In the mixed schools, although there were a few girls in the sample who had seemingly happy relationships with boys, all too often sex-oriented activity became abusive. This was because it usually entailed unsolicited and intimidating male behaviour which continually violated the girls' private space and not infrequently led to sexual assault. One set of perpetrators were older male pupils, who would force themselves aggressively on the younger girls' attention, accosting them in the corridors and grounds, entering their classrooms uninvited and waiting for them in gangs after school. They would try to touch them provocatively on the breasts or buttocks. They would also propose to them, sometimes by sending them love letters; if they were turned down, they would threaten the girls, shout abuse intended to demean and humiliate them, and sometimes beat them. Money played an important part in these demonstrations of male sexuality: they gave small gifts of money to girls or bought them snacks, in an attempt to bribe them into a sexual liaison The second set of perpetrators were male teachers who would abuse their position of trust and authority to make sexual advances towards female pupils and attempt to lure them into sexual relationships. This was widespread in the co-educational schools studied, with advances made to young pupils in Form 1 as well as (more commonly) to the older girls in the upper forms. Teachers would pursue their prey often quite openly during classes, which suggests they had little fear of being exposed. Teachers, like sugar daddies, used money and gifts as well as insincere promises of marriage to entice girls.

Pupils and teachers alike appeared to see such behaviour, whether by male teachers or male pupils, as an inevitable and 'natural' part of school life. Like bullying in general, it was an institutionalised feature of the school culture. This was not surprising given that the pattern of male behaviour was little different to that found in the domestic and public domains. For the majority of girls it was an unwanted part of their daily lives but, as it was regarded as routine, nobody sought to change it.

This behaviour was abusive because it exploited the difference of power between the perpetrator (whether male pupil or teacher) and the victim. Even where it was of a relatively mild form, the fact that nobody sought to control and punish it meant that it had the potential to rapidly become serious abuse. Most importantly, the fact that male teachers pursued sexual liaisons with girls with impunity passed on the message to boys that such behaviour was acceptable. It made them not only bolder and more aggressive in their behaviour towards girls but also increased their contempt for them.

Male pupils and teachers crowding in on girls' private space and exploiting their position of strength to coerce them into sexual liaisons is a manifestation of the school as a site of sexual violence for girls. Verbal abuse, which was used by almost all teachers, male and female, and corporal punishment, which was widespread in the mixed schools (and used on girls and boys), were further manifestations of school-based violence. Girls were beaten almost as much as boys, despite it being banned in the case of girls. There was evidence that verbal abuse was used more frequently towards girls and was specifically designed to denigrate and humiliate the female sex. In the all-girls' school, verbal abuse was common (as if to compensate for the ban on corporal punishment, which was strictly enforced there) and there was some indication that a few male teachers might also behave inappropriately towards girls.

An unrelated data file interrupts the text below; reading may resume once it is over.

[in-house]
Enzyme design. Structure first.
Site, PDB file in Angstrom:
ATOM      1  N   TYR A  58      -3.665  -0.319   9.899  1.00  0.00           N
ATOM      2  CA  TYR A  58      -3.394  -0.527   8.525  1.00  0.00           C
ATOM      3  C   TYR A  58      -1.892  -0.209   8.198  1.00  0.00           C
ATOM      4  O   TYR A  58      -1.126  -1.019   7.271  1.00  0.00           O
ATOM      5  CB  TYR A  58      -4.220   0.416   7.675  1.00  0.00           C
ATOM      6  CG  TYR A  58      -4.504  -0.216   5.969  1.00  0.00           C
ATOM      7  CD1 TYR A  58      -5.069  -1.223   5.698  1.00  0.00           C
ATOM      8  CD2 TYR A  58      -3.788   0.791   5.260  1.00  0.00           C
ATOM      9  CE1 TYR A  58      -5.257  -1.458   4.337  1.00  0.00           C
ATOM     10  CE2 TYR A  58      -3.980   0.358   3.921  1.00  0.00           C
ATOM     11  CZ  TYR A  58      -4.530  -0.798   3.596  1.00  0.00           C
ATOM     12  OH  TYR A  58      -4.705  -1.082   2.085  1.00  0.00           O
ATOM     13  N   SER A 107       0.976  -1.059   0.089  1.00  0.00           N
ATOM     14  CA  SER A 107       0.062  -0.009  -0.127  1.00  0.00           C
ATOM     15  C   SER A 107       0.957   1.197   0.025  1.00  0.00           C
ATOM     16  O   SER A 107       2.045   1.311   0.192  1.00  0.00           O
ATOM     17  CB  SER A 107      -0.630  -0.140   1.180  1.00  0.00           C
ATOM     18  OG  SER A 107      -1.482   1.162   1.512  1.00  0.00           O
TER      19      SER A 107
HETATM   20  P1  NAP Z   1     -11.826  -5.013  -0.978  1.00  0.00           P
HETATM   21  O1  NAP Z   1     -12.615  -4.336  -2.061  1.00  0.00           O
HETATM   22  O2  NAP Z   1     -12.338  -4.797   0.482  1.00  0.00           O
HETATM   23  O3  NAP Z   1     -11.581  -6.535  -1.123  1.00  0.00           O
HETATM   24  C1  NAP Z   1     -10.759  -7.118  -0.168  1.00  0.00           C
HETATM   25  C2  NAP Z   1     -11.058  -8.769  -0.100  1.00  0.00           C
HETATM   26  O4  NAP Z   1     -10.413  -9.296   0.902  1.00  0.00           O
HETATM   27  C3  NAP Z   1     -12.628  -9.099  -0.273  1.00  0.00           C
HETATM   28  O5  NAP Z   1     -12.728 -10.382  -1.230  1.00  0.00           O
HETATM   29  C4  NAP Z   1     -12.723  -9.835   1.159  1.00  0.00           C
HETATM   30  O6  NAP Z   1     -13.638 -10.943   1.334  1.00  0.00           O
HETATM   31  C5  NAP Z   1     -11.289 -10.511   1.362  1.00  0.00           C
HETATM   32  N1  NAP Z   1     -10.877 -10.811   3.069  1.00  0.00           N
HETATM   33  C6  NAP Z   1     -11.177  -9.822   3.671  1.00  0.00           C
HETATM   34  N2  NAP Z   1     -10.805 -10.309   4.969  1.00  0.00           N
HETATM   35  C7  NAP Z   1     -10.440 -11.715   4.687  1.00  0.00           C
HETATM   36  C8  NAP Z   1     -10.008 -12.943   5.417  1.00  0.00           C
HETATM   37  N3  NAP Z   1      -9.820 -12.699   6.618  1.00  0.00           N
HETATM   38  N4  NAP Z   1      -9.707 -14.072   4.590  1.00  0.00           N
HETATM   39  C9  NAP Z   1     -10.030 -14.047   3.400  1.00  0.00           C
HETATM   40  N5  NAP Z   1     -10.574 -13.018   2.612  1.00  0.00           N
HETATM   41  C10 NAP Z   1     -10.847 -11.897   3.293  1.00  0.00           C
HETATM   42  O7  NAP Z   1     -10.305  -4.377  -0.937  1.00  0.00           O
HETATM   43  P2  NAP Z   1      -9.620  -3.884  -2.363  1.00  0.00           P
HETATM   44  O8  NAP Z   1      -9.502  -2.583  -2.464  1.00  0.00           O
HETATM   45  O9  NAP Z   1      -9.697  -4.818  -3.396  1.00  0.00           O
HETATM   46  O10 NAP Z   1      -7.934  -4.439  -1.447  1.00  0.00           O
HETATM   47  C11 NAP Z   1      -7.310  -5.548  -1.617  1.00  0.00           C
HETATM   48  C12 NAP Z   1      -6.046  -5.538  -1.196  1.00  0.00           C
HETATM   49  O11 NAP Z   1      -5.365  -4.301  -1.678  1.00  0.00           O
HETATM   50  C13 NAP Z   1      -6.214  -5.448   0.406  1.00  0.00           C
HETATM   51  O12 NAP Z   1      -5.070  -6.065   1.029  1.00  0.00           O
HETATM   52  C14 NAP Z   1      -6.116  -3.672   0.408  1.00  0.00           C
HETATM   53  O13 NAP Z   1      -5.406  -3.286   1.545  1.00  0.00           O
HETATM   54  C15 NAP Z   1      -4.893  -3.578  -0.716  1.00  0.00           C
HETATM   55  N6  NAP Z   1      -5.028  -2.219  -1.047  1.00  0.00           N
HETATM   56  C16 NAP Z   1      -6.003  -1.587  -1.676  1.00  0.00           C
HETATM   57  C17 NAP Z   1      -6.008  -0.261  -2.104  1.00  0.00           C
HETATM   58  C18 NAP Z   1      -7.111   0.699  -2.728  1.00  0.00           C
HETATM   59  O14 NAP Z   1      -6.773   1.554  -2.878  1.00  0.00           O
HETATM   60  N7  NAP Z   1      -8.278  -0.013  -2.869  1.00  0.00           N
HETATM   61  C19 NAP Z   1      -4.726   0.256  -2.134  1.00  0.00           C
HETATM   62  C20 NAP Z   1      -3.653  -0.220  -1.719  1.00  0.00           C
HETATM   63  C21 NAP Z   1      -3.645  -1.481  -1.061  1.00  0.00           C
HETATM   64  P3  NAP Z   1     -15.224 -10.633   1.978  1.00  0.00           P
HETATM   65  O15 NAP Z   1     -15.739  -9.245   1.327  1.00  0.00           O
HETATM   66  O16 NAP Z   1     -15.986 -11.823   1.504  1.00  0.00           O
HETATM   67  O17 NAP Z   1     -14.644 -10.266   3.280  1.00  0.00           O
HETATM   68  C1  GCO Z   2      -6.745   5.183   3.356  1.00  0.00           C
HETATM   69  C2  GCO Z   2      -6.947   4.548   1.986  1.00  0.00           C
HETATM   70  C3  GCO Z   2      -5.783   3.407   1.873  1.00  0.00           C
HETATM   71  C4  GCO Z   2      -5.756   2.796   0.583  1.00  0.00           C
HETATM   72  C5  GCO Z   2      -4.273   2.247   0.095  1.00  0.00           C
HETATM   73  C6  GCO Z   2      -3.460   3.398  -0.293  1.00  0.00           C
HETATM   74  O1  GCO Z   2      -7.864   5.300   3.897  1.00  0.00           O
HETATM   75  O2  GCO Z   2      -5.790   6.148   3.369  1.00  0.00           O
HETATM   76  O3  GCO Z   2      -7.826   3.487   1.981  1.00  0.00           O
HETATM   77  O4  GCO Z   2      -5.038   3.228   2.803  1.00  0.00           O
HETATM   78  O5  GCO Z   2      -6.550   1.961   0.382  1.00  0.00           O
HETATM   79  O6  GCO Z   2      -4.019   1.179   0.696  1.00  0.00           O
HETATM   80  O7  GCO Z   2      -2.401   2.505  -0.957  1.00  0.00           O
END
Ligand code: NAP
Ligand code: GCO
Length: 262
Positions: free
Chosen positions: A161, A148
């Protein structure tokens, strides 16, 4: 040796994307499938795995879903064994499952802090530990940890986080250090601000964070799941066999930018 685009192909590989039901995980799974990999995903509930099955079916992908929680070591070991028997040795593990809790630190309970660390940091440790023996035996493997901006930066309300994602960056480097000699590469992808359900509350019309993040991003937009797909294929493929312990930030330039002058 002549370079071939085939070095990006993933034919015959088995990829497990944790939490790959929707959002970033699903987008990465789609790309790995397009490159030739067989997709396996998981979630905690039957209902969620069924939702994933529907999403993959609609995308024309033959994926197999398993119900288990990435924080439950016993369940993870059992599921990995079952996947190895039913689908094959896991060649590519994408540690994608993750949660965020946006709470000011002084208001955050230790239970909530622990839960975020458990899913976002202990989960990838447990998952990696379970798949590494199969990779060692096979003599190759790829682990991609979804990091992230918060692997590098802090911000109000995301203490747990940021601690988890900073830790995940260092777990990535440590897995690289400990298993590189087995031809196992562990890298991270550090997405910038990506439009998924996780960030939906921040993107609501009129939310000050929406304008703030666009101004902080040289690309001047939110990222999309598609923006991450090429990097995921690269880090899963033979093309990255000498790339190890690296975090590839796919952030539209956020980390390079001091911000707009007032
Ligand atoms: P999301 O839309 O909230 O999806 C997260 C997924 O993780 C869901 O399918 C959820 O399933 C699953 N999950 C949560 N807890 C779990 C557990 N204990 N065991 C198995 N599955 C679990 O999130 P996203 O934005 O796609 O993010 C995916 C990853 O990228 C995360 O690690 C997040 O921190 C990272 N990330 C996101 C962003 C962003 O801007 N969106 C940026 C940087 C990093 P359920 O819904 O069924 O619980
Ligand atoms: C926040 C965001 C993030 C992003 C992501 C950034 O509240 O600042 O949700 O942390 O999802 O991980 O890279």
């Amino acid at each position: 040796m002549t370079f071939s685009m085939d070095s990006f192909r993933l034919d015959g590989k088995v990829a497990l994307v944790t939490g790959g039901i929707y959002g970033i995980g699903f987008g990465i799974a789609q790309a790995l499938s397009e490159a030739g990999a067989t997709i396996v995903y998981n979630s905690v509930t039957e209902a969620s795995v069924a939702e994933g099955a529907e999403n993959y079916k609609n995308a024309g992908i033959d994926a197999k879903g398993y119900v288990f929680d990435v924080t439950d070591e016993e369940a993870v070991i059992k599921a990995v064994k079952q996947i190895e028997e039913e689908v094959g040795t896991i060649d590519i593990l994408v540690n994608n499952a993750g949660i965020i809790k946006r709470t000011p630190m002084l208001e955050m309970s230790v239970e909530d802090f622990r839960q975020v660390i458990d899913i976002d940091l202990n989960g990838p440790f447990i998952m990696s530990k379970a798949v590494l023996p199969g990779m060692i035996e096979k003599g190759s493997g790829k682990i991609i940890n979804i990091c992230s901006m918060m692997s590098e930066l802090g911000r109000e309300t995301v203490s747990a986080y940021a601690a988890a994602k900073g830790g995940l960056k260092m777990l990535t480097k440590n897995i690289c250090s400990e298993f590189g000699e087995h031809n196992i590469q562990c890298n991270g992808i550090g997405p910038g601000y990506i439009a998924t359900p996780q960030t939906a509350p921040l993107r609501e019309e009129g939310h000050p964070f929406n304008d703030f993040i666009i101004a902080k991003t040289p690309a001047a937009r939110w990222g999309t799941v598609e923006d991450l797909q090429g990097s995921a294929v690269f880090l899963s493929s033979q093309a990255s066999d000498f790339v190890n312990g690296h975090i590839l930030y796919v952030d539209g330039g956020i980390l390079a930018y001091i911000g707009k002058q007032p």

Abuse in schools reflected abuse and violence in the home. It was clear that a few girls were at risk of, or had experienced, sexual abuse by relatives or neighbours but more common were beatings, excessive domestic labour demands, neglect (lack of love, attention and respect) and verbal abuse. One consequence of ill-treatment at home is that girls may be more responsive to some boys' or adult men's attention out of unhappiness or fear, and hence vulnerable to exploitation.

Girls were also exposed to abuse in the proximity of the school. Male strangers would proposition or sometimes assault them at bus stops and in market places, on the road to and from school, and while travelling on public transport. Sugar daddies were known to frequent the area near the schools. Girls in the single-sex school were also exposed to such abusive behaviour; indeed, the location of the school in the town centre made them particularly at risk.

It was difficult to obtain a true picture of how abusive sexual relationships developed and to determine whether girls entered freely into them or were coerced. We found that the distinction between an abusive and a consensual relationship was often blurred. It was clear that not all the girls were passive victims of unsolicited male attention and that some responded positively to advances by older boys and even by teachers and sugar daddies. In fact a surprisingly high number of girls were reported to have sugar daddies. What appeared to be most likely was that girls would accept small gifts and money from older boys and men, sometimes out of necessity, not realising that this would be used at a later date to coerce them into having sex. In all these cases, the relationship has to be condemned as abusive because the girl, whether coerced or consenting, is being lured into an exploitative relationship.